posted on Oct, 19 2008 @ 02:39 AM
"We have reached a critical point,” John Maynard Keynes wrote in March 1933. “We can ... see clearly the gulf to which our present path is
leading.” If governments did not take action, “we must expect the progressive breakdown of the existing structure of contract and instruments of
indebtedness, accompanied by the utter discredit of orthodox leadership in finance and government, with what ultimate outcome we cannot predict.”
As the world reels from a 1929-style stock market plunge and a 1931-style banking crisis, his words are a fair assessment of the dangers we face once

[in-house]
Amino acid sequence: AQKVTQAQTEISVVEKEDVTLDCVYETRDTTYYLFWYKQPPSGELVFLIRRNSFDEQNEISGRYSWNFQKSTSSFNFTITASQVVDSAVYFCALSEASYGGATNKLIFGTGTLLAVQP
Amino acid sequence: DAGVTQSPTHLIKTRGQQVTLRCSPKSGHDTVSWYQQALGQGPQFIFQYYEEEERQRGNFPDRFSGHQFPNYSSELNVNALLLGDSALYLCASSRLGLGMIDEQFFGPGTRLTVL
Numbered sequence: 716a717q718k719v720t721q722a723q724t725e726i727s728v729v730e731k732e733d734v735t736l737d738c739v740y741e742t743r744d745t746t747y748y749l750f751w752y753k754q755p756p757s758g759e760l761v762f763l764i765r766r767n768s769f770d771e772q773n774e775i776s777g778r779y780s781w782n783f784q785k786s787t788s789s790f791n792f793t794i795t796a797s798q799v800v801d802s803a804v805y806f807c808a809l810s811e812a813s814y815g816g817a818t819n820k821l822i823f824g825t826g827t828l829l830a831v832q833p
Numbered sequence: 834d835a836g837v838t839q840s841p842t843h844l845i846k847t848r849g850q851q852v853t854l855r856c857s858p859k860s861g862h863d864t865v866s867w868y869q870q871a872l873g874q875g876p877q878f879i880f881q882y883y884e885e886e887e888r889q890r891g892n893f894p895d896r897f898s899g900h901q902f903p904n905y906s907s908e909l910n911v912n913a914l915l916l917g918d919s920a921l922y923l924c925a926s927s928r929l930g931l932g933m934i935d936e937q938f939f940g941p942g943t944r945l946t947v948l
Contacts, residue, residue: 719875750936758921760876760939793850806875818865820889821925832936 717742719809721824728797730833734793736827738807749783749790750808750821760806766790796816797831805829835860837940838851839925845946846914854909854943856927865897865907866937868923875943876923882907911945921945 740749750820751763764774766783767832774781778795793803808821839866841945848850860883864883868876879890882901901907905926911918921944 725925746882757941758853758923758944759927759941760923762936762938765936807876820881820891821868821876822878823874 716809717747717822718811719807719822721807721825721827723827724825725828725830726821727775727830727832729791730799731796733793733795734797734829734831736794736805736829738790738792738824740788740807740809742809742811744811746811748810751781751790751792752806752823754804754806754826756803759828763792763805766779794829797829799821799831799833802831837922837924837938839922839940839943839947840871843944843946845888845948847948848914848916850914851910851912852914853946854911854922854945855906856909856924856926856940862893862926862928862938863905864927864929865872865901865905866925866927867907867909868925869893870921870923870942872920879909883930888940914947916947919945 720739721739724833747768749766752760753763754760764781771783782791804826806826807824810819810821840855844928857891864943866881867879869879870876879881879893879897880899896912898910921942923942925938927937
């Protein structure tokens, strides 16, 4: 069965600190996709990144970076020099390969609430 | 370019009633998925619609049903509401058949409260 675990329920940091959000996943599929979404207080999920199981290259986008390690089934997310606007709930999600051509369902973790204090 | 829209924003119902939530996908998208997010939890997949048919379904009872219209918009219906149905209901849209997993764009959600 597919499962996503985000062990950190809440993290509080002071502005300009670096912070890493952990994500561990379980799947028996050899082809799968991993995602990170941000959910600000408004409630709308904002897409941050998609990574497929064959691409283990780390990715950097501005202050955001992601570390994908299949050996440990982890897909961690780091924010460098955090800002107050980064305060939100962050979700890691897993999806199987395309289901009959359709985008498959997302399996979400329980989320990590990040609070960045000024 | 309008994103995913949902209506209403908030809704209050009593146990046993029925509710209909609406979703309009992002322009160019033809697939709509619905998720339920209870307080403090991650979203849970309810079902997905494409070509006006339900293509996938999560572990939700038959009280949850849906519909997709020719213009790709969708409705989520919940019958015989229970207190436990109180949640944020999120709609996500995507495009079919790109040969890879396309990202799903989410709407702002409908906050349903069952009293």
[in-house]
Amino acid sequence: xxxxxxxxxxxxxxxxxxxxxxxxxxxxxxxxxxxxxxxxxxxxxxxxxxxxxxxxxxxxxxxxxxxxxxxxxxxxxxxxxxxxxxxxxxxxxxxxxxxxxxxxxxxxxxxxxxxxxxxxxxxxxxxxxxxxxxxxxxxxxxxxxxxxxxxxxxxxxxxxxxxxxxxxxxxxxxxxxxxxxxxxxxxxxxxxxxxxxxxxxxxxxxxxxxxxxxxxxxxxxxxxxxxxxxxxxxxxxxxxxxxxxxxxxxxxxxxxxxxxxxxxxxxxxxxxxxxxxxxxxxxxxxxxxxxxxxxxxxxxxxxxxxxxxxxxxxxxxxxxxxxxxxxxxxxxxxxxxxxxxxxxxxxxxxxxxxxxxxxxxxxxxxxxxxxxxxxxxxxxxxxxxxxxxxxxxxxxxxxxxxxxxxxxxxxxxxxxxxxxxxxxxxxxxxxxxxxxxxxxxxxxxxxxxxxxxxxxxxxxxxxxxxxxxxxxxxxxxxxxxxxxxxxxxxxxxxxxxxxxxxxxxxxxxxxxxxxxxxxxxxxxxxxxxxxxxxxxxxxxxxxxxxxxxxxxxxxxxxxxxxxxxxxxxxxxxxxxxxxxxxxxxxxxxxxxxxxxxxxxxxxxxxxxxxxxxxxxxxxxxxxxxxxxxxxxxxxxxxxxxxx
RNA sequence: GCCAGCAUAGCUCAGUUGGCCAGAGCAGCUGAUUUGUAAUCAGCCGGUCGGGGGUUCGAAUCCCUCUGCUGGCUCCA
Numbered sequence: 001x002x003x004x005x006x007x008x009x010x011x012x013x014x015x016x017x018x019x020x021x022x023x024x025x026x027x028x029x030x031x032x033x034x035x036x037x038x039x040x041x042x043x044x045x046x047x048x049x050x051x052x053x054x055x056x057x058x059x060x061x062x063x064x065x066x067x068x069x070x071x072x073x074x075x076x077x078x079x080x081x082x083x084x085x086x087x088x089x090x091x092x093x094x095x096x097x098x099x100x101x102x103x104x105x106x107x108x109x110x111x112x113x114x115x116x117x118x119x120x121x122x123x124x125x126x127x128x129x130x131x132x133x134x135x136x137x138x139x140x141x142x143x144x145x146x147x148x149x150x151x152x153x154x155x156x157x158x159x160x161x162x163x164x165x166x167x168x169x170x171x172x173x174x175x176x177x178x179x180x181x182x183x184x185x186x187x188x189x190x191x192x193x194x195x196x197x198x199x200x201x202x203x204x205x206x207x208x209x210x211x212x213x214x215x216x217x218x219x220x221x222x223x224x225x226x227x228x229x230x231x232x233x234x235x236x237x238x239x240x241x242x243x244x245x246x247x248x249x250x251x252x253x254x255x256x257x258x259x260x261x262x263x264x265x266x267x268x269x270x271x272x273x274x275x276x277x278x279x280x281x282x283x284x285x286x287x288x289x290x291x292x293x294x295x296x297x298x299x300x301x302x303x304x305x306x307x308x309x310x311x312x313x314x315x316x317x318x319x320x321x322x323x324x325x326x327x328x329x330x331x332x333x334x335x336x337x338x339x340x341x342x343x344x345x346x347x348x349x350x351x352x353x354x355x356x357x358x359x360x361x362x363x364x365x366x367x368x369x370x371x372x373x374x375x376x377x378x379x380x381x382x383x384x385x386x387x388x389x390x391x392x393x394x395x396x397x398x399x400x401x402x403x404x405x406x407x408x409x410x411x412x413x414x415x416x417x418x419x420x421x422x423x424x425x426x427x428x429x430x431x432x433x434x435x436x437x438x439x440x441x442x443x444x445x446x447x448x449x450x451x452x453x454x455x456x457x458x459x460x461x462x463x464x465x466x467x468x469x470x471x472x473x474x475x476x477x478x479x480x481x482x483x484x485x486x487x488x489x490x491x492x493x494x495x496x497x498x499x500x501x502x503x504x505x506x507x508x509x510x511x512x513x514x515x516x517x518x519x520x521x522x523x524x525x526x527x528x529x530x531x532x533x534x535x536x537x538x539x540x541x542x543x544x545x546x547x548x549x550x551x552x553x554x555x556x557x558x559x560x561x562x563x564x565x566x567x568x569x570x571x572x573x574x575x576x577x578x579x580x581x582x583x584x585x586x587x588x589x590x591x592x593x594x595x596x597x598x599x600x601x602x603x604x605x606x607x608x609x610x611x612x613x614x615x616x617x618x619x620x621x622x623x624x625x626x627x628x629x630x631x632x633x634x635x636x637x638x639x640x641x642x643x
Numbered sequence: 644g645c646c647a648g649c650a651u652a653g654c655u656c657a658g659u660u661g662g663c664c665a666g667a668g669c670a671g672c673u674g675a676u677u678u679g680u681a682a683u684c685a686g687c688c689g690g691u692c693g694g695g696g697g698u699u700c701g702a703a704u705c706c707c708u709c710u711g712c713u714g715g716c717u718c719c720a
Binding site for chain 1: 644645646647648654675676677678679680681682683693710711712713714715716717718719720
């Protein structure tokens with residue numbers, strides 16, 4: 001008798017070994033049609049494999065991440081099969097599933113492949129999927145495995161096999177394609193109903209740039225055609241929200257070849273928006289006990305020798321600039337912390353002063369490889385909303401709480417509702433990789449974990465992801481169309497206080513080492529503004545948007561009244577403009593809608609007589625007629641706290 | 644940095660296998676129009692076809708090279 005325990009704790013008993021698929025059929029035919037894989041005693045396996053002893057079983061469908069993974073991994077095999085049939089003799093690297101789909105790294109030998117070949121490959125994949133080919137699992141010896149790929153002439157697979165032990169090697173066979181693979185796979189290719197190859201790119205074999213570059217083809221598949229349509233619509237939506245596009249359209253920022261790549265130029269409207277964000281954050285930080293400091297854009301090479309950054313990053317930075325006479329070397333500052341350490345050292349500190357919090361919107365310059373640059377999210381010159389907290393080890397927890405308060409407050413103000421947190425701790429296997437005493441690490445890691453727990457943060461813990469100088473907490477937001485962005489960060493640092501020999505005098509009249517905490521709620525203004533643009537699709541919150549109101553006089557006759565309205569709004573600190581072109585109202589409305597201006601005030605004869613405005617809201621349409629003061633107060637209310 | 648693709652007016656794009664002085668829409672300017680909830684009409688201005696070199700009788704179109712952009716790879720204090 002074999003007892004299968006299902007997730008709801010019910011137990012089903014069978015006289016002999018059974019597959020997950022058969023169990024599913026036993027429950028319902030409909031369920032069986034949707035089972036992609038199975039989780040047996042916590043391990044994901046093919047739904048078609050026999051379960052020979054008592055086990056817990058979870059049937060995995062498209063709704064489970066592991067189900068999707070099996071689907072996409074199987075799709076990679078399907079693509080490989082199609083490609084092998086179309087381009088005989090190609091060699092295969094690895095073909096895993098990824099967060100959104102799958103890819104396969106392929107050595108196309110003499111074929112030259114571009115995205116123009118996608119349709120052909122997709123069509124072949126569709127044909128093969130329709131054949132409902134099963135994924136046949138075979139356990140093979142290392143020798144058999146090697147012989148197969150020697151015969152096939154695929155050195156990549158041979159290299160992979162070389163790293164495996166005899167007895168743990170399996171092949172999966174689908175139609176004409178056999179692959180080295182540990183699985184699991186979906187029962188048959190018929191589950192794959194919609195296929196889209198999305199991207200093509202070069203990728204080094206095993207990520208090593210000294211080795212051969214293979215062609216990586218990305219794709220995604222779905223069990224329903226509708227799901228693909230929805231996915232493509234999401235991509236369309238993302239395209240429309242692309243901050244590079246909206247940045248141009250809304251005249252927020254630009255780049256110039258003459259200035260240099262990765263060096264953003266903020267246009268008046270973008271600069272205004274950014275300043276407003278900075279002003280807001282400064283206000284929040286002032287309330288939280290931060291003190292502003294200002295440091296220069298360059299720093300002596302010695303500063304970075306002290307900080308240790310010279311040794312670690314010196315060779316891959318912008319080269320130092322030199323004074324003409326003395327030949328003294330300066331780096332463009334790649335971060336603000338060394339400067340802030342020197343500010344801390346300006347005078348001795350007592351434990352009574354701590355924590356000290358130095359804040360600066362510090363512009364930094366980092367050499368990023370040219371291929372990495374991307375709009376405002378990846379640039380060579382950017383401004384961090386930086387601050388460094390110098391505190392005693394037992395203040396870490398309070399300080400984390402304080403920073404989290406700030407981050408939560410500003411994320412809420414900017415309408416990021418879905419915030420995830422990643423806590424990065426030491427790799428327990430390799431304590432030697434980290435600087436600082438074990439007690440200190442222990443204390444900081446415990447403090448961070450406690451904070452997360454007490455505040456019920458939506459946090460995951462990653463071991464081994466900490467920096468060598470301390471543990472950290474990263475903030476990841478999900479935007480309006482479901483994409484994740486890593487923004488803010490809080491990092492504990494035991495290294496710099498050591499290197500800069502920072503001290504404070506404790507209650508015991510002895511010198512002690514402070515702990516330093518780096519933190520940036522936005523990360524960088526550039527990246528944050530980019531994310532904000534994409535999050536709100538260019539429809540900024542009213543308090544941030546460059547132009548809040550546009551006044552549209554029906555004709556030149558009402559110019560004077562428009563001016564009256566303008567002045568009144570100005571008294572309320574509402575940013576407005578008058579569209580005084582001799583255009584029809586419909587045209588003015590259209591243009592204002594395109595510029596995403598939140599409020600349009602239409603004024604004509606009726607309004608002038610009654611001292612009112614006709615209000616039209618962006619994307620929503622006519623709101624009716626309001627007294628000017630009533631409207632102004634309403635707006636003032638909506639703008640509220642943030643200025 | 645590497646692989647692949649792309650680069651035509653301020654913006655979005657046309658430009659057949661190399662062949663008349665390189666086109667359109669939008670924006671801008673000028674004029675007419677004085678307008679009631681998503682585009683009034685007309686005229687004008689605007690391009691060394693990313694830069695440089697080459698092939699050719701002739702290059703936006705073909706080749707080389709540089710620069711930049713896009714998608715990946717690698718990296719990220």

again. Keynes, whose life’s mission was to save capitalism from itself, is more relevant than at any time since his death in 1946.
His renewed influence can be seen everywhere: in Barack Obama’s planned stimulus package, for example. When George W. Bush said his
administration’s plan to take equity in banks was “not intended to take over the free market, but to preserve it”, he could have been quoting